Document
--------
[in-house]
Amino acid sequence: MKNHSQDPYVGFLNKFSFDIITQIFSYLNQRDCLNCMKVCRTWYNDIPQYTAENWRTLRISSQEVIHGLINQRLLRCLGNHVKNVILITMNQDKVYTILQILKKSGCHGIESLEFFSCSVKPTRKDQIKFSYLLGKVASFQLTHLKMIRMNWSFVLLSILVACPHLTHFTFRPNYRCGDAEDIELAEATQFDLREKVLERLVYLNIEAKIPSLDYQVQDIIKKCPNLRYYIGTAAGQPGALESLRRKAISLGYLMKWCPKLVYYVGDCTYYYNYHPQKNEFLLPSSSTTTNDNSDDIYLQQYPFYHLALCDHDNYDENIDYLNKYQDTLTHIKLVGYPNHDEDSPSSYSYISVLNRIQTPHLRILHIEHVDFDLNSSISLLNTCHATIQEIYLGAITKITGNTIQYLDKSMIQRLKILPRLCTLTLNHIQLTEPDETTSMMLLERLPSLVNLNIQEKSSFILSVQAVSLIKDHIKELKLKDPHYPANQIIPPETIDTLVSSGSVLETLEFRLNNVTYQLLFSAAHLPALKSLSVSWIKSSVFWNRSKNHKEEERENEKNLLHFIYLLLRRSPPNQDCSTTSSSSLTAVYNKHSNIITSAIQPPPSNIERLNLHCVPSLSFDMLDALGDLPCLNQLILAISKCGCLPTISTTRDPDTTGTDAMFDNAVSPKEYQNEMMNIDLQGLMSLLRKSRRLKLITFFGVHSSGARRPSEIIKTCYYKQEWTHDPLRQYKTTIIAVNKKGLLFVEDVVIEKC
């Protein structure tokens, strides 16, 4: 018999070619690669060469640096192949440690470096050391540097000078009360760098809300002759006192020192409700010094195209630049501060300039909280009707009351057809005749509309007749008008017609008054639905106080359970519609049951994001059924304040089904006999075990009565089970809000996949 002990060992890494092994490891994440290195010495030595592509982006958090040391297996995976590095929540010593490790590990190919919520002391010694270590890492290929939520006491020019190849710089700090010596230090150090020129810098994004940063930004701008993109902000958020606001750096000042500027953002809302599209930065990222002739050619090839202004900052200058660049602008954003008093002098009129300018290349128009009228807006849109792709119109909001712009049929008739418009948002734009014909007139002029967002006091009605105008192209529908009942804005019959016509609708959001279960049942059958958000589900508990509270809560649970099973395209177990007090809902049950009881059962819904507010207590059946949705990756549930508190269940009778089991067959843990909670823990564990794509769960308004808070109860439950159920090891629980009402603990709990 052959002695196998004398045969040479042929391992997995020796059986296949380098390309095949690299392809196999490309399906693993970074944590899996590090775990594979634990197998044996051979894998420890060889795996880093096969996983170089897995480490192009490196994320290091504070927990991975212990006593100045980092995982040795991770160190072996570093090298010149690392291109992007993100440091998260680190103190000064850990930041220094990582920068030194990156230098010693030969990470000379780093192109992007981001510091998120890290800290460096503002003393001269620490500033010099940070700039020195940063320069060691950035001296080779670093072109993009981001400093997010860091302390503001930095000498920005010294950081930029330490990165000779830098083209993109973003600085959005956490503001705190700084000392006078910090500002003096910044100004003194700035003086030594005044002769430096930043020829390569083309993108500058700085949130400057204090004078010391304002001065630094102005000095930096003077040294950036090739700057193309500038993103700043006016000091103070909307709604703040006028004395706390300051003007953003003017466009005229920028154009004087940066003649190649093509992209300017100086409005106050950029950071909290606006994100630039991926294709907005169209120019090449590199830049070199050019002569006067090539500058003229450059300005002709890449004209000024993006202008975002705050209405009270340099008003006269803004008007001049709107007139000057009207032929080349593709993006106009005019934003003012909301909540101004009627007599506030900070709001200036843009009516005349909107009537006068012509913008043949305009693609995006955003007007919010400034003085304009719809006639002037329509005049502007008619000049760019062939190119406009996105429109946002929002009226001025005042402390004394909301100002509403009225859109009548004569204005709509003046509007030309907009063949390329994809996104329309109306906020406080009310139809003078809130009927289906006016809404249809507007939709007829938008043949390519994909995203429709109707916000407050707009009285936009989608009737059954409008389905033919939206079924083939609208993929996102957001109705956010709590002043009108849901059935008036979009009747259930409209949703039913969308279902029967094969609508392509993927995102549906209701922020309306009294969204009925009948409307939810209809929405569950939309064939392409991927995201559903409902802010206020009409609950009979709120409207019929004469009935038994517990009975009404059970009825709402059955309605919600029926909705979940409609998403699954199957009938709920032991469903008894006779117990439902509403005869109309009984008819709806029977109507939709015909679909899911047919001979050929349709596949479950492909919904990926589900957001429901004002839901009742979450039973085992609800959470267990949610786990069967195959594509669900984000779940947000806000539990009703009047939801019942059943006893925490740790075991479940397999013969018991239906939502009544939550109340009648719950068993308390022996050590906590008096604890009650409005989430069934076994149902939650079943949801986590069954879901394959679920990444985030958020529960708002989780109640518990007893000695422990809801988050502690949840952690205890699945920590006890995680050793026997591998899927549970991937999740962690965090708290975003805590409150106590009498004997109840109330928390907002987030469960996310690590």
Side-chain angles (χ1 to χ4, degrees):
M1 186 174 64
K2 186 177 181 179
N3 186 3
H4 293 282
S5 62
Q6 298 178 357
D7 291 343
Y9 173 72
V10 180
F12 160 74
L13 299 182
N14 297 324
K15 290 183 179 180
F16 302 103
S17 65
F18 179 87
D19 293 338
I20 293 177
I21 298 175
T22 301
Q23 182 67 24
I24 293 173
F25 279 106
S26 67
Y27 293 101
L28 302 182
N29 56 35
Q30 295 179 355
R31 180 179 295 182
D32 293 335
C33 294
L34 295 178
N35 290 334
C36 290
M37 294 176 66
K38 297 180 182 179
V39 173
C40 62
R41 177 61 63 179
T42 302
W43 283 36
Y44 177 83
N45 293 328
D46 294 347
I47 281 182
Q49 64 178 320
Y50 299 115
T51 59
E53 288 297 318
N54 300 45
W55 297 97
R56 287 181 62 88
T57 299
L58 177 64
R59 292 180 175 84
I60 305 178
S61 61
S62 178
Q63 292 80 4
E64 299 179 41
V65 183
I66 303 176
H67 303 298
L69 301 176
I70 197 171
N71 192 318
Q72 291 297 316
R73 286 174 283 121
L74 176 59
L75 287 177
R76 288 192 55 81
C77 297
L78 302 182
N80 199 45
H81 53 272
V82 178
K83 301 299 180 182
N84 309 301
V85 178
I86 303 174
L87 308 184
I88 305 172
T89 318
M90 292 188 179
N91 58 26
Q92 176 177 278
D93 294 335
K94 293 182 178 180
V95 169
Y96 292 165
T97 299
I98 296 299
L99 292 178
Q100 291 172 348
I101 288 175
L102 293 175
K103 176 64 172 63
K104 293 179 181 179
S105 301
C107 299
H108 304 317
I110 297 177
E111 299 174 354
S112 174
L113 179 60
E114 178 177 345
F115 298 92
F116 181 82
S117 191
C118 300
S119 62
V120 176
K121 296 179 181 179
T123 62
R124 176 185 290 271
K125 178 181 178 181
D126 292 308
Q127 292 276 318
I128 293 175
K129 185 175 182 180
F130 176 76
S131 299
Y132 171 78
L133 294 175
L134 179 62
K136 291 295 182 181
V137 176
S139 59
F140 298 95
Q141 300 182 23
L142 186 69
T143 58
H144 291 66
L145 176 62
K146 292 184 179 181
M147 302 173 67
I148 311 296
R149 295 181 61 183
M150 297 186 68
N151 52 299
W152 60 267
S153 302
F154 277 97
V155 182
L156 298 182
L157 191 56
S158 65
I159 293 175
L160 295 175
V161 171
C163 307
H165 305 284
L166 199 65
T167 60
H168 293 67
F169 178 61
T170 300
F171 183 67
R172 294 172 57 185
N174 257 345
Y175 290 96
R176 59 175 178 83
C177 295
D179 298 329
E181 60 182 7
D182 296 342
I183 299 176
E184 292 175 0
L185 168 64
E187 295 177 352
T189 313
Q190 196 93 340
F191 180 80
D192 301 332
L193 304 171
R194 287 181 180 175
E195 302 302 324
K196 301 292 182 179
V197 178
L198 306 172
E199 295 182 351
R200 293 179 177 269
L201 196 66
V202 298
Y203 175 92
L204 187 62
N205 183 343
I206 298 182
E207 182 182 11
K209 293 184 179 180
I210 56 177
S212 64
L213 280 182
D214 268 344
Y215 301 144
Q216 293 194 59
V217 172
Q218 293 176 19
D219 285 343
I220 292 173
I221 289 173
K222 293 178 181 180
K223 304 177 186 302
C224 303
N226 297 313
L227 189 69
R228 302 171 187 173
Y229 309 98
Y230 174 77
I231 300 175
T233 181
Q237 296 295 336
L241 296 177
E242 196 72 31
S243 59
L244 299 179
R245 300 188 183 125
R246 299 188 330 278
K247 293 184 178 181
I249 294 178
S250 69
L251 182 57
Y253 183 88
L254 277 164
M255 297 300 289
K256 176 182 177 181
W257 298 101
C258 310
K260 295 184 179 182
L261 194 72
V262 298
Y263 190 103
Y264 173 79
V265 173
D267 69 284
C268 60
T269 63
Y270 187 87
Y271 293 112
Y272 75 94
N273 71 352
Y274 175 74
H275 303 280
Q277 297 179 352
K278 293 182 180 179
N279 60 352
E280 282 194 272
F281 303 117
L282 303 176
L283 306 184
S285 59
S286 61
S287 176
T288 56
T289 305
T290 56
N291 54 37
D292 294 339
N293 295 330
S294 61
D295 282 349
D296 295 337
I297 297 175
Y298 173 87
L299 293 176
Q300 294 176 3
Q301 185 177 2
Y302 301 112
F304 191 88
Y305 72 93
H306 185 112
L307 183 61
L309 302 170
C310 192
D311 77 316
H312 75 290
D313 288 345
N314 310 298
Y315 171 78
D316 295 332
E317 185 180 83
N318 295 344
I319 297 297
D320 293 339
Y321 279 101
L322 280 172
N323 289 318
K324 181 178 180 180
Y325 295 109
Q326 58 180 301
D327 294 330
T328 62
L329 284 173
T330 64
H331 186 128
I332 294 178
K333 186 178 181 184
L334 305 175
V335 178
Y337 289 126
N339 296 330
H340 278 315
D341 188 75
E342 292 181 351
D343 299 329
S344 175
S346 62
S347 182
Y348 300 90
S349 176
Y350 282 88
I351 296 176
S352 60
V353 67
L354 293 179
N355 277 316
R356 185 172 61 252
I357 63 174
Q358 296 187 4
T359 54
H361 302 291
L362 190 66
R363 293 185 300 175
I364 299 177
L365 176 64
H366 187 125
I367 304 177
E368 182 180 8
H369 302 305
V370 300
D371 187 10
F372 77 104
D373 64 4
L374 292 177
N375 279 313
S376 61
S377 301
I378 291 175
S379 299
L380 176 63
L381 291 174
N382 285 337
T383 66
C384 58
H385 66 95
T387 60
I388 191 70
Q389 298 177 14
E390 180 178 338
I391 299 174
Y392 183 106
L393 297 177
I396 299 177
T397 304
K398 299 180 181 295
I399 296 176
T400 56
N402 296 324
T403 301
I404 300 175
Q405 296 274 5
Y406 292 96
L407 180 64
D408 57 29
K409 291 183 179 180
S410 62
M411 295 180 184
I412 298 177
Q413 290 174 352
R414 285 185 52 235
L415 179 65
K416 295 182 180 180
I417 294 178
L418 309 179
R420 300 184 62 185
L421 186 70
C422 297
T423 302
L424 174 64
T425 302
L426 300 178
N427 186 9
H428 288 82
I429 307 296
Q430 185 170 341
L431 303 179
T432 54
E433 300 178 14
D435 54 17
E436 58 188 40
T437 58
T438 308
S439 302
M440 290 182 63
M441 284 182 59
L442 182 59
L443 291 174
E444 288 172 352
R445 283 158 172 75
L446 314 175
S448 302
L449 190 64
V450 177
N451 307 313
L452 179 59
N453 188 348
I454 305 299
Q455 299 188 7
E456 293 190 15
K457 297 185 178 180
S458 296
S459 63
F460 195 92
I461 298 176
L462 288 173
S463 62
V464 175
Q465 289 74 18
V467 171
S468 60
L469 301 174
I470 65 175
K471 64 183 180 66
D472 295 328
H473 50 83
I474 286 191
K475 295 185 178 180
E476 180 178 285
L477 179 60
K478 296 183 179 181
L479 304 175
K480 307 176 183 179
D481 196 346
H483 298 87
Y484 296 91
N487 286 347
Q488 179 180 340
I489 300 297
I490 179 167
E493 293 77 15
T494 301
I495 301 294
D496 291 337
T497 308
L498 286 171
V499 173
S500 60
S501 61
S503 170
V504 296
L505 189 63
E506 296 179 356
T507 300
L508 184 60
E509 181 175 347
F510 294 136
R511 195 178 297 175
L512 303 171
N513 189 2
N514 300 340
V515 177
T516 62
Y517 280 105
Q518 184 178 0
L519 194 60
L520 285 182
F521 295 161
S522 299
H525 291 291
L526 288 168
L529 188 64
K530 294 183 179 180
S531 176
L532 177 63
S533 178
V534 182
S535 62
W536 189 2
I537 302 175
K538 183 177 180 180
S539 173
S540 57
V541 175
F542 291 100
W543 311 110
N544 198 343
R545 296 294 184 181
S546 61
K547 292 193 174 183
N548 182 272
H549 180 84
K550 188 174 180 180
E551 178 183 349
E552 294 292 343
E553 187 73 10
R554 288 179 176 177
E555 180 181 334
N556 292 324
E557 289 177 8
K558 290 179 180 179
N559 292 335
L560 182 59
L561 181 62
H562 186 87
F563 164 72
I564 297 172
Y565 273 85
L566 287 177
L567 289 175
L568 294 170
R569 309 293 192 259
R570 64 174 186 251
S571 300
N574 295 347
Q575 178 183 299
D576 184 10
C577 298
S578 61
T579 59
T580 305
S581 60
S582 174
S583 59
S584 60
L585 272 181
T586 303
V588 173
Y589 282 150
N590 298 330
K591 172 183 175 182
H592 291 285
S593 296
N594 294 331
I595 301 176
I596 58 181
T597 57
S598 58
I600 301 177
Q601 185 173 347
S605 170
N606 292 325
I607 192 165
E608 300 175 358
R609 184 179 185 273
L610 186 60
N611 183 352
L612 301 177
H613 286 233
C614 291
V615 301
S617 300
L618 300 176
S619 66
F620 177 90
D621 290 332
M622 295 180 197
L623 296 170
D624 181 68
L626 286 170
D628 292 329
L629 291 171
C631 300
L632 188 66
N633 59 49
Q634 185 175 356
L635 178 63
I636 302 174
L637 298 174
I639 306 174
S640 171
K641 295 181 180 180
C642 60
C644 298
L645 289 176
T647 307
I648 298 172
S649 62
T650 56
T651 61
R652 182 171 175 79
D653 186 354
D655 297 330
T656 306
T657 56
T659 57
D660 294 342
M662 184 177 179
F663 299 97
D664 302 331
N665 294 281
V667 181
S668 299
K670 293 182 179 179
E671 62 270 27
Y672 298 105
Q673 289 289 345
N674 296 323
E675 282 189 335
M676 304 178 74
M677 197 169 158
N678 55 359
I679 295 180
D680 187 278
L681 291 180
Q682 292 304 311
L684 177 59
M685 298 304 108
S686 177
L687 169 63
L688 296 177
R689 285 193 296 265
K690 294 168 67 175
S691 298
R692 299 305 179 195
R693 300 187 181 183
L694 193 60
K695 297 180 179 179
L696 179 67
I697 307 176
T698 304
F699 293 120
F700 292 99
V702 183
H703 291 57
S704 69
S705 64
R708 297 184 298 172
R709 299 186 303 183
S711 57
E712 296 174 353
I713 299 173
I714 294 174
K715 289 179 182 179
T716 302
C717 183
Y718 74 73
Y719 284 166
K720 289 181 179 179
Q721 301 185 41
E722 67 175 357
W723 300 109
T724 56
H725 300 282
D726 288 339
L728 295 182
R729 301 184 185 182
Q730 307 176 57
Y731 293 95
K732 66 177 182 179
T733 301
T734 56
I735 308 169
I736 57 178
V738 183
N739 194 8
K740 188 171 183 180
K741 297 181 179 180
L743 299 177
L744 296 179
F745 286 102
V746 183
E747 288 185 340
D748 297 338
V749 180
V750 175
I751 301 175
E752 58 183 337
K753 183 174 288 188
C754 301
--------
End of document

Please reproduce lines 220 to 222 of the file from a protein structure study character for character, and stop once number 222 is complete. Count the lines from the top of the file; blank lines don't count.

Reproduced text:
L244 299 179
R245 300 188 183 125
R246 299 188 330 278